I married my ex-husband for two reasons: 1) I was pregnant, and 2) I had no means of supporting myself. I had only been a Christian for a few months. I was still recovering from being abducted and raped by a serial rapist the year before and had overdosed on sleeping pills, so my emotional state was unstable.

What I didn’t realize at the time was that I had completely cut God out of the picture. There was no repentance or asking for forgiveness, just a desperate attempt to fix things and conceal my wrong doing. I thought I was doing the right thing and would be rewarded for my effort, but I had no interest in being married to the father of my child; I just wanted him to take care of us.

It says in Judges 18:30 that the children of Dan worshipped a graven image or false god until the day of their captivity. The word translated captivity, gâlûwth (gaw – looth´) is derived from the Hebrew word gâlâh (gaw – law’) which means “to leave, depart, uncover, reveal” (1540).

The day of my captivity was the day my ex-husband left me for another woman. At that point, I had no one else to rely on but God. I wish I had turned to God sooner, but unfortunately, like the Israelites, I was a stiff-necked, stubborn woman and thought I could take care of my own problems.

“And they set up Micah’s graven image, which he made, all the time that the house of God was in Shiloh” (Judges 18:31). My guess is that Laish, where Micah’s idol was kept, and the house of God in Shiloh were not that far apart in distance. It was probably not for convenience that the Danites wanted to worship at home rather than going to the Tabernacle. The Tabernacle was where you went to acknowledge your sin, and like me, the children of Dan wanted to keep that a secret.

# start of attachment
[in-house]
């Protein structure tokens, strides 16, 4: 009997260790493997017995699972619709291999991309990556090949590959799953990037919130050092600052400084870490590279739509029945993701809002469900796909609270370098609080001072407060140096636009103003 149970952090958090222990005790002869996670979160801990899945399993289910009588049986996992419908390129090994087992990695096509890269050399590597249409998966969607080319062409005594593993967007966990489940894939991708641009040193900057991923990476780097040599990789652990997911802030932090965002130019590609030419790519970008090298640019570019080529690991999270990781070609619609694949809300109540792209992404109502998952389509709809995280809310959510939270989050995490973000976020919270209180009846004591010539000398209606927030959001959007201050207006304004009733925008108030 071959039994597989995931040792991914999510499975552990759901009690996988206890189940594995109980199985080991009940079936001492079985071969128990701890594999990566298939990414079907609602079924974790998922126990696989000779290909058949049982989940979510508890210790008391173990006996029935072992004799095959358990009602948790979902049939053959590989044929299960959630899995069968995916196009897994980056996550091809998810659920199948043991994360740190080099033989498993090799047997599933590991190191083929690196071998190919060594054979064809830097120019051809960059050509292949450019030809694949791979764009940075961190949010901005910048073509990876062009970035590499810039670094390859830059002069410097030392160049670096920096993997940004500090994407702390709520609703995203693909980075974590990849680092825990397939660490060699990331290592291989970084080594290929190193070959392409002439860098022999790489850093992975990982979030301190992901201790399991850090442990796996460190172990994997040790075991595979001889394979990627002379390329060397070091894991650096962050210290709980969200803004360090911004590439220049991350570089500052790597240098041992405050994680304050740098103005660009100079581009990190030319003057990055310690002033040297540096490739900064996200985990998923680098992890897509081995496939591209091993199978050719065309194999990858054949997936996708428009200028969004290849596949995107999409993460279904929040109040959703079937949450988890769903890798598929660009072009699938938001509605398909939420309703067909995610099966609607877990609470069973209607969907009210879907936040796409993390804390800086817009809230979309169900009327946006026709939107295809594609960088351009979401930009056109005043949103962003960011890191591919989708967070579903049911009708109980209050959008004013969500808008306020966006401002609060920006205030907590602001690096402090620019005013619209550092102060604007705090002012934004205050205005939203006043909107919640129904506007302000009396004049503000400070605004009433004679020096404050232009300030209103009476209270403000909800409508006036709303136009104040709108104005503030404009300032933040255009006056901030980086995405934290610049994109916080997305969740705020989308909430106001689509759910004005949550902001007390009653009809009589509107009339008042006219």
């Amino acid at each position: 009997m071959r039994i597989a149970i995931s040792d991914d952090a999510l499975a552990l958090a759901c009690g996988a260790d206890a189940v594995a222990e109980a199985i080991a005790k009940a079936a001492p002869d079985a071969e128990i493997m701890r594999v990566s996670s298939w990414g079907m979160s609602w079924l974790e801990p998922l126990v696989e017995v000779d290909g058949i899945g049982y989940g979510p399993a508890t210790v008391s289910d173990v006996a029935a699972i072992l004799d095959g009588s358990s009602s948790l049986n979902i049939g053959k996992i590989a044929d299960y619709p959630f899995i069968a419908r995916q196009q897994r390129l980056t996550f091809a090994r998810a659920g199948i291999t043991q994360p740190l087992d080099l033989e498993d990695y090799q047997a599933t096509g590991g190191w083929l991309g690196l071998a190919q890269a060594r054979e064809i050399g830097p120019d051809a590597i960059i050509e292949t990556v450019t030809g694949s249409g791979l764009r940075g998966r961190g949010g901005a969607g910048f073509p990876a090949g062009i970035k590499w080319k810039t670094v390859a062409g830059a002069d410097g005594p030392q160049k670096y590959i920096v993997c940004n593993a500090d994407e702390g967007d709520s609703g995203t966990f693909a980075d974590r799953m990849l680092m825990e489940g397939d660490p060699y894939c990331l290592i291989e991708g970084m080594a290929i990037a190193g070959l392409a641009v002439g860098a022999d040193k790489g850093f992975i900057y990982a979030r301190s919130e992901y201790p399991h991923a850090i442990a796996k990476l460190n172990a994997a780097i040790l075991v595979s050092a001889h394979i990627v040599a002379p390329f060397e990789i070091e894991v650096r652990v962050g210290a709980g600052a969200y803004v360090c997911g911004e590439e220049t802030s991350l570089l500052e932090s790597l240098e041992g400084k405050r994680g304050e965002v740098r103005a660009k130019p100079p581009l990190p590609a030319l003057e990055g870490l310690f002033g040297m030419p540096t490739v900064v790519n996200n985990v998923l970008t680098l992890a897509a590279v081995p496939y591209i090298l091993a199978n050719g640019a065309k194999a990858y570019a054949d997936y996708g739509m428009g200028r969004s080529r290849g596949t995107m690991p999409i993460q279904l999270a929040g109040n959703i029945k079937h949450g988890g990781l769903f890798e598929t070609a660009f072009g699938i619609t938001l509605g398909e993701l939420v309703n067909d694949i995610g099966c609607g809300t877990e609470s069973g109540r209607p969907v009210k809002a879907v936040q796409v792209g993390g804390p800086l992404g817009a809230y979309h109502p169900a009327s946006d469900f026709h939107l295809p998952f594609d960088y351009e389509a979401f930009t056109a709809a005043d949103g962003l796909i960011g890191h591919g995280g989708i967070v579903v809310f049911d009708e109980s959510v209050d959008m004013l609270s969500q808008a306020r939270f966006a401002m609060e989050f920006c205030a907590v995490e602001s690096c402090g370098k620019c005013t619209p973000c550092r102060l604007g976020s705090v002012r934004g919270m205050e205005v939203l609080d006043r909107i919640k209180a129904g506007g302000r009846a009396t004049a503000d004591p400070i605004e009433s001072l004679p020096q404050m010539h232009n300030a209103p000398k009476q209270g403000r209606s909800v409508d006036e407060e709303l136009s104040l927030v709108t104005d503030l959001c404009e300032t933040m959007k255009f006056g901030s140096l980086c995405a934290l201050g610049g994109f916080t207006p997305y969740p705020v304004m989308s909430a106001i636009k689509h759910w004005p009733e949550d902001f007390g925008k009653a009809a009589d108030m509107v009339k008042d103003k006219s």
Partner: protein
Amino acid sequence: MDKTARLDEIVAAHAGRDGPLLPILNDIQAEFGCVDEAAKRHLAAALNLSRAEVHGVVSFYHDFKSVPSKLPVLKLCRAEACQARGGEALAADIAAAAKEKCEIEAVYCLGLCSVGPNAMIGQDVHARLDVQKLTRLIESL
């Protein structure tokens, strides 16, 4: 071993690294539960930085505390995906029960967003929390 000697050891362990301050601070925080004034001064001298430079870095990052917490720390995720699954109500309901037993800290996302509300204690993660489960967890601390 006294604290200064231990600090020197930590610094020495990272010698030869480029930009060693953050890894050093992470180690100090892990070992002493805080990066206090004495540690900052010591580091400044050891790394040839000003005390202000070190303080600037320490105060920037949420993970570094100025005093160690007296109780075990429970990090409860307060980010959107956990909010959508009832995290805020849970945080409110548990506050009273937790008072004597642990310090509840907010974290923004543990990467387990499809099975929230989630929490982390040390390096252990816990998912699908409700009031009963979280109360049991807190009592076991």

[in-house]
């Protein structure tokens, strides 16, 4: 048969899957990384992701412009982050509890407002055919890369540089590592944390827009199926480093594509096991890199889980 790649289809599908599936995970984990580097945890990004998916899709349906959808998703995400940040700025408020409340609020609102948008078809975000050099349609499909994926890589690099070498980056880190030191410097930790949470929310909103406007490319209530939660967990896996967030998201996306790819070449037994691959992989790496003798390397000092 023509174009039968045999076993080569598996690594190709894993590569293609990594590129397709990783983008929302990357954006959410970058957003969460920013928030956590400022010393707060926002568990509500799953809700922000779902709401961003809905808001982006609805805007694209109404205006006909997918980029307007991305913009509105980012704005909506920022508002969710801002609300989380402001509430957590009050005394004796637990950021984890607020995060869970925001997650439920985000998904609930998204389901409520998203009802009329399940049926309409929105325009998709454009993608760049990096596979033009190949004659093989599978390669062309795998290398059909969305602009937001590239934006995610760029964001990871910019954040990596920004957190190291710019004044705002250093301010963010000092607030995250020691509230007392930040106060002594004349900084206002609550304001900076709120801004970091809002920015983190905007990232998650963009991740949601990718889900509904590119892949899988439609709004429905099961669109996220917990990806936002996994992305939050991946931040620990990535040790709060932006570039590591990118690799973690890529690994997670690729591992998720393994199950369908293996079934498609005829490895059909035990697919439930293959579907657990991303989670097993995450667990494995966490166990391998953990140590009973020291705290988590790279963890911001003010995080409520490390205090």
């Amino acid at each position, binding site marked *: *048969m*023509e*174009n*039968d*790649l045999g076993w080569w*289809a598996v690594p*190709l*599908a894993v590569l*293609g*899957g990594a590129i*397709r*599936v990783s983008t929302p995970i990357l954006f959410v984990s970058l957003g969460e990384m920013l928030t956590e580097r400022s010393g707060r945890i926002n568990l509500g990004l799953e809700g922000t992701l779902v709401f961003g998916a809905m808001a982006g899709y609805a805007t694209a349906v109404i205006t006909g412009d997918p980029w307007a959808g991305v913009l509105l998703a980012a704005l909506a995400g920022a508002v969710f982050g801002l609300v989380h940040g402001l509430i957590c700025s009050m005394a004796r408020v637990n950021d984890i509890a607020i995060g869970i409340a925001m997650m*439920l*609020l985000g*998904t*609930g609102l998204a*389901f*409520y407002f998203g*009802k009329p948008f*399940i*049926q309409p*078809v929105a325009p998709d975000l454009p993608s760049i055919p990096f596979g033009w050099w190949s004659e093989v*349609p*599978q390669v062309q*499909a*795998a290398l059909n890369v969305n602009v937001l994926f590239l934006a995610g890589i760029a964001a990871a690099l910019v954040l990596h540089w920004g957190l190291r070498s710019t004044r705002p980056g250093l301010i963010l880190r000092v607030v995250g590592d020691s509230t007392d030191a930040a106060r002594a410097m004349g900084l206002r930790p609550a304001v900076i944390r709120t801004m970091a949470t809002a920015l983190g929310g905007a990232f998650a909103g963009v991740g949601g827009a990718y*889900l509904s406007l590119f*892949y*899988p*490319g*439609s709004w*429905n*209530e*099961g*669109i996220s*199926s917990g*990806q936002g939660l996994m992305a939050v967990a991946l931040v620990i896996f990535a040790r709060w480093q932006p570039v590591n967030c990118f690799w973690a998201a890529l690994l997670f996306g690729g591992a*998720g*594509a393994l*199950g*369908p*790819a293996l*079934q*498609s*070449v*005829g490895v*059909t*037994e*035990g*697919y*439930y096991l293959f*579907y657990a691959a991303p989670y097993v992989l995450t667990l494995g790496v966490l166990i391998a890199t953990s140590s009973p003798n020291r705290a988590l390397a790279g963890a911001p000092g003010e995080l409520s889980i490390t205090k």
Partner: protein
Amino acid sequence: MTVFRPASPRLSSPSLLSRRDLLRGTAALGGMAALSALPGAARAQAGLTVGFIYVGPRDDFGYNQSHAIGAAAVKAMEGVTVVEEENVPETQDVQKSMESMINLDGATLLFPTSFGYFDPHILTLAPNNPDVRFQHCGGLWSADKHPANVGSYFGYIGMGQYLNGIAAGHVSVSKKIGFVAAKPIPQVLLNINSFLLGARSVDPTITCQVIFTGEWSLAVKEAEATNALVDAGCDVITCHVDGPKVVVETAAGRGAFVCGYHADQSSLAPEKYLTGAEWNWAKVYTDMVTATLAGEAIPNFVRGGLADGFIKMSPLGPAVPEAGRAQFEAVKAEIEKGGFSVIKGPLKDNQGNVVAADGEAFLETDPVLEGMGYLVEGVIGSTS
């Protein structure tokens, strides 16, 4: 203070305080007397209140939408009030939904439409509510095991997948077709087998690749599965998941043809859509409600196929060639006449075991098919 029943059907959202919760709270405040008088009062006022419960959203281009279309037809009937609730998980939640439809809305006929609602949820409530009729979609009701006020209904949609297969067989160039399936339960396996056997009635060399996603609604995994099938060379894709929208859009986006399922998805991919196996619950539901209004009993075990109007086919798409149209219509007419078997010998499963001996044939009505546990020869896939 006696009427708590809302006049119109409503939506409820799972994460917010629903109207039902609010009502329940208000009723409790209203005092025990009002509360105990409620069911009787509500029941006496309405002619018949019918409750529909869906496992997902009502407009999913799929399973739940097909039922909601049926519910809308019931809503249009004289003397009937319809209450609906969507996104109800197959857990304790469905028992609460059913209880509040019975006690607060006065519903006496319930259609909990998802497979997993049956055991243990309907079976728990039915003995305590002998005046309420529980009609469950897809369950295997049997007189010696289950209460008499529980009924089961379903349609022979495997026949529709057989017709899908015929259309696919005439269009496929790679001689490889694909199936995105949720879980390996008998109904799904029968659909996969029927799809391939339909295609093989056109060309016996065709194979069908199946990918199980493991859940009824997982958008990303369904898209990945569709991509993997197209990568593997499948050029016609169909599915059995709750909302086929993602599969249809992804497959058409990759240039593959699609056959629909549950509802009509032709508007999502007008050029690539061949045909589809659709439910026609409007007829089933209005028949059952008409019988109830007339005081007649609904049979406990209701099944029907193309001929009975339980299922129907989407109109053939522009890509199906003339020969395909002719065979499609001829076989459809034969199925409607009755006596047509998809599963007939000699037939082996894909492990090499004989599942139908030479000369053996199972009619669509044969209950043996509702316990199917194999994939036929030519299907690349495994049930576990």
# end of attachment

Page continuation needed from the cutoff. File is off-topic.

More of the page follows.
Twisted Religion

There was a time in my life when I thought going to church every week was all that mattered. If I read my Bible everyday and listened to a Christian radio station, I was good with God. I had no idea my life was totally messed up and I was headed for a disaster.

I had good intentions and wasn’t completely aware that I was just going through the motions. In some ways, my worship was genuine, but my heart had grown cold and I was disappointed about how my life had turned out. I guess you could say I was backslidden. I wasn’t doing what I was supposed to, but I still expected God to bless me.

There is one thing I can say for sure about twisted religion, it feels like you are still in fellowship with God, you don’t know until it is too late that your effort is wasted and God is going to let you reap what you have sown.

In those days there was no king in Israel, but every man did that which was right in his own eyes. (Judges 17:6)

A matter of the heart

The expression, he has a good heart is usually used to describe someone that is kind, thoughtful, and loving toward others. The heart is said to be the seat of emotions and it can be the source of motives, feelings, affections, and desires (3820). It is the heart that enables us to love, and hate, and develop a relationship with God When our heart is wounded, it affects our ability to connect with people and may cause us to turn away from God because we cannot related to him.

A characteristic that is connected to the heart is courage. In one sense, to be courageous means to be strong, whether in physical strength or something called fortitude which is the will to press forward or through with something. There are many accounts of people that have acted courageously and performed supernatural feats to rescue or protect someone that did not have the physical strength to do so.

I think most people assume Samson was a big, burly man that looked like a sumo wrestler or a professional weight lifter. The only thing recorded about Samson’s appearance is that he was a Nazarite from birth and therefore, he never cut his hair. The source of Samson’s strength was unknown to everyone except Samson and perhaps his parents. It is possible that Samson assumed his strength came from being a Nazarite, when in actuality, it was his relationship with God that enabled him to overpower the Philistines and perform mighty acts to defeat them.